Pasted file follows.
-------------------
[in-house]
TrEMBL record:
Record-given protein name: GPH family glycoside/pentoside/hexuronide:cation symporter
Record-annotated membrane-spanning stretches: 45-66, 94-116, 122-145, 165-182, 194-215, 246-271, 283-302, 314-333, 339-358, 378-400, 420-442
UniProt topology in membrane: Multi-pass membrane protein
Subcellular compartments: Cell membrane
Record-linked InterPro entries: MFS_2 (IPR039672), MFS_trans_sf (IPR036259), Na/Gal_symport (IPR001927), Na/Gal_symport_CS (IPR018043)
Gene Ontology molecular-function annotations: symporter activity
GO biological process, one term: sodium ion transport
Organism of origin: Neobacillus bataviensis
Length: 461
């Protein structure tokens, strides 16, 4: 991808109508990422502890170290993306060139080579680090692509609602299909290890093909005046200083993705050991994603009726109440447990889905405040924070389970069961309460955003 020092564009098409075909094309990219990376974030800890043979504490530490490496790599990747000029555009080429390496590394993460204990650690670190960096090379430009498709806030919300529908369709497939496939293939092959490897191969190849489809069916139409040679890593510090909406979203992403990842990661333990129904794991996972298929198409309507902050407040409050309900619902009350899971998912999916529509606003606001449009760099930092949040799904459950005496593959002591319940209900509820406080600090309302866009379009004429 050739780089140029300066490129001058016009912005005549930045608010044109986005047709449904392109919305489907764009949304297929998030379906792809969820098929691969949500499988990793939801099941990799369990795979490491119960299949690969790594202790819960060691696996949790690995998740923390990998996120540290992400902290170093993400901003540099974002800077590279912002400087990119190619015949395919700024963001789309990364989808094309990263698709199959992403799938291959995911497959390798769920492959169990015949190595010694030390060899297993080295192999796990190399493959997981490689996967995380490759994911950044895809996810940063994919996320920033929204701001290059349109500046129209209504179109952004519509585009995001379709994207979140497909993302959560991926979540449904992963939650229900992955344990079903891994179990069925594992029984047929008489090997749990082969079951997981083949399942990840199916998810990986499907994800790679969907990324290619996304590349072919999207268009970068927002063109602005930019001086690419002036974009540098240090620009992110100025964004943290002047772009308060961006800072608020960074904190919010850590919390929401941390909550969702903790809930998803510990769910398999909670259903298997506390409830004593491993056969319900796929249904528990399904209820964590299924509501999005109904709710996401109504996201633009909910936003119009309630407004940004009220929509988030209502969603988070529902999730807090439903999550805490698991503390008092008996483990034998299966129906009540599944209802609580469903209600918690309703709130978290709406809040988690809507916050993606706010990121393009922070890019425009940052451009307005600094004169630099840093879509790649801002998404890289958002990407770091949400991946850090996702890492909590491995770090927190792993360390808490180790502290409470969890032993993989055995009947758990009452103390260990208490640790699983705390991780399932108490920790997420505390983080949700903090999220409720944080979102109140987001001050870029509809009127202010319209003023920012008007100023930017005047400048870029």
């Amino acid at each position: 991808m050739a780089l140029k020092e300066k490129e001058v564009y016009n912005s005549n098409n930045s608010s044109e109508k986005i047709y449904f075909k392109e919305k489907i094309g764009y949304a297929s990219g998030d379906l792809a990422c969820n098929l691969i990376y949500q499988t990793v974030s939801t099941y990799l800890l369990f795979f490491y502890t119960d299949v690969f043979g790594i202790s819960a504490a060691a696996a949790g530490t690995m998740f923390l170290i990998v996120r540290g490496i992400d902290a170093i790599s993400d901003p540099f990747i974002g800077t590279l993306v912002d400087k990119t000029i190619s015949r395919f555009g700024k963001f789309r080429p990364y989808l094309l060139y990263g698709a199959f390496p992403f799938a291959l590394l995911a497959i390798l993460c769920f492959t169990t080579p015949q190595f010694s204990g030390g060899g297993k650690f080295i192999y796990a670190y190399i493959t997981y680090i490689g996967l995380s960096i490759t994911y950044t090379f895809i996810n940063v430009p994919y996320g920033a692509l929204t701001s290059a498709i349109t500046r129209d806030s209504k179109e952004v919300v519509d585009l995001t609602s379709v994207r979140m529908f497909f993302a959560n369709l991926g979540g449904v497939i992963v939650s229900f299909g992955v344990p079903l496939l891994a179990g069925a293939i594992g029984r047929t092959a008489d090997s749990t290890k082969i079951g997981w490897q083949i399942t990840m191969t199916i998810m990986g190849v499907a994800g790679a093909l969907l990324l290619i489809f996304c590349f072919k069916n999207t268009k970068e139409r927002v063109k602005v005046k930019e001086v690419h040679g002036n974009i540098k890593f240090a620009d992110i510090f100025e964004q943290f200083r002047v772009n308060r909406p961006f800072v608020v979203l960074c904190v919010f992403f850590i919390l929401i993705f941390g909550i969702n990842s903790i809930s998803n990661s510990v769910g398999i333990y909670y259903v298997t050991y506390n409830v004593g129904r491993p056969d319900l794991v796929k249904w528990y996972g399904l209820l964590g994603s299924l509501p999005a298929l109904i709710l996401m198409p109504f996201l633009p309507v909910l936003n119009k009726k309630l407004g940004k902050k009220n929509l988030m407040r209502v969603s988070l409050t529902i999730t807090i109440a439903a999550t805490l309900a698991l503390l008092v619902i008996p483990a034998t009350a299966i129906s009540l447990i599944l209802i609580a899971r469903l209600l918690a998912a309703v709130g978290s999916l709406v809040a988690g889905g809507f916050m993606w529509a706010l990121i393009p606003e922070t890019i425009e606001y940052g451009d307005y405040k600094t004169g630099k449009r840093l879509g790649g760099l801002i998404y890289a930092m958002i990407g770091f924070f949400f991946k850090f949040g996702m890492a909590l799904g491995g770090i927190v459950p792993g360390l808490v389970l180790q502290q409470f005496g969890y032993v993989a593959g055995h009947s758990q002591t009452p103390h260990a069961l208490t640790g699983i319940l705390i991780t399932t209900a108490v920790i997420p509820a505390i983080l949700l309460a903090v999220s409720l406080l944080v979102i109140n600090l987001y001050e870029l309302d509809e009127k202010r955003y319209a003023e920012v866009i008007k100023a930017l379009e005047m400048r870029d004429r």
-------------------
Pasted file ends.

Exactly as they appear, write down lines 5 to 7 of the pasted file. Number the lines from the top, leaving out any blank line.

UniProt topology in membrane: Multi-pass membrane protein
Subcellular compartments: Cell membrane
Record-linked InterPro entries: MFS_2 (IPR039672), MFS_trans_sf (IPR036259), Na/Gal_symport (IPR001927), Na/Gal_symport_CS (IPR018043)